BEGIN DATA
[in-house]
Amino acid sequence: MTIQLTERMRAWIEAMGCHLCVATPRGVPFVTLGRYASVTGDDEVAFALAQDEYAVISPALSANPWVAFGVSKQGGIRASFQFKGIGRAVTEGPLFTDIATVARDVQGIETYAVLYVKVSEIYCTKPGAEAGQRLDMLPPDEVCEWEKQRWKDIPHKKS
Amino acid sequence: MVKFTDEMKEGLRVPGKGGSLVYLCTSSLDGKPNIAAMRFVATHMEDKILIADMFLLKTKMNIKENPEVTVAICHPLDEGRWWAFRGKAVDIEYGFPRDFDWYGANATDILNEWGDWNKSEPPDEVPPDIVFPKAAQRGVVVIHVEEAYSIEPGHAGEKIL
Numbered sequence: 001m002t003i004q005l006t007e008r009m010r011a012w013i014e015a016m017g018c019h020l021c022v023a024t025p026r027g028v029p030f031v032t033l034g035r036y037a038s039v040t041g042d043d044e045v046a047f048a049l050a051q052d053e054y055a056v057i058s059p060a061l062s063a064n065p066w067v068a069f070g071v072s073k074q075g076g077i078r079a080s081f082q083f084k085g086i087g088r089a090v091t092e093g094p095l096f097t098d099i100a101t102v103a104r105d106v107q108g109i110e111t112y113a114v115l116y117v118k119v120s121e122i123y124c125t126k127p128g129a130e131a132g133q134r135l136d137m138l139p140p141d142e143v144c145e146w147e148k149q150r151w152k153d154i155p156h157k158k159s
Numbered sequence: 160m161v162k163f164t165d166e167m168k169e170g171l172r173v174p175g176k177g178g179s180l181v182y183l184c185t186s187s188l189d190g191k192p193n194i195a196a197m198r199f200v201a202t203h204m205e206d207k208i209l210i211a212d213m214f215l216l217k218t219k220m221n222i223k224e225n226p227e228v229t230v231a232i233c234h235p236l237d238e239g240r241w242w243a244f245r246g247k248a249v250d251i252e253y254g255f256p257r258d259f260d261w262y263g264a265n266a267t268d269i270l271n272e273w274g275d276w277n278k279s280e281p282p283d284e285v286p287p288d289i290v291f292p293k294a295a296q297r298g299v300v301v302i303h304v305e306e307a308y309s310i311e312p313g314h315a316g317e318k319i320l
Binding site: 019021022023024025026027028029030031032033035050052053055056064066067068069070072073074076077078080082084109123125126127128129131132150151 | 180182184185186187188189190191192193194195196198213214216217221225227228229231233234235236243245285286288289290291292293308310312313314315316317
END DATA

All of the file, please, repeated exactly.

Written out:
[in-house]
Amino acid sequence: MTIQLTERMRAWIEAMGCHLCVATPRGVPFVTLGRYASVTGDDEVAFALAQDEYAVISPALSANPWVAFGVSKQGGIRASFQFKGIGRAVTEGPLFTDIATVARDVQGIETYAVLYVKVSEIYCTKPGAEAGQRLDMLPPDEVCEWEKQRWKDIPHKKS
Amino acid sequence: MVKFTDEMKEGLRVPGKGGSLVYLCTSSLDGKPNIAAMRFVATHMEDKILIADMFLLKTKMNIKENPEVTVAICHPLDEGRWWAFRGKAVDIEYGFPRDFDWYGANATDILNEWGDWNKSEPPDEVPPDIVFPKAAQRGVVVIHVEEAYSIEPGHAGEKIL
Numbered sequence: 001m002t003i004q005l006t007e008r009m010r011a012w013i014e015a016m017g018c019h020l021c022v023a024t025p026r027g028v029p030f031v032t033l034g035r036y037a038s039v040t041g042d043d044e045v046a047f048a049l050a051q052d053e054y055a056v057i058s059p060a061l062s063a064n065p066w067v068a069f070g071v072s073k074q075g076g077i078r079a080s081f082q083f084k085g086i087g088r089a090v091t092e093g094p095l096f097t098d099i100a101t102v103a104r105d106v107q108g109i110e111t112y113a114v115l116y117v118k119v120s121e122i123y124c125t126k127p128g129a130e131a132g133q134r135l136d137m138l139p140p141d142e143v144c145e146w147e148k149q150r151w152k153d154i155p156h157k158k159s
Numbered sequence: 160m161v162k163f164t165d166e167m168k169e170g171l172r173v174p175g176k177g178g179s180l181v182y183l184c185t186s187s188l189d190g191k192p193n194i195a196a197m198r199f200v201a202t203h204m205e206d207k208i209l210i211a212d213m214f215l216l217k218t219k220m221n222i223k224e225n226p227e228v229t230v231a232i233c234h235p236l237d238e239g240r241w242w243a244f245r246g247k248a249v250d251i252e253y254g255f256p257r258d259f260d261w262y263g264a265n266a267t268d269i270l271n272e273w274g275d276w277n278k279s280e281p282p283d284e285v286p287p288d289i290v291f292p293k294a295a296q297r298g299v300v301v302i303h304v305e306e307a308y309s310i311e312p313g314h315a316g317e318k319i320l
Binding site: 019021022023024025026027028029030031032033035050052053055056064066067068069070072073074076077078080082084109123125126127128129131132150151 | 180182184185186187188189190191192193194195196198213214216217221225227228229231233234235236243245285286288289290291292293308310312313314315316317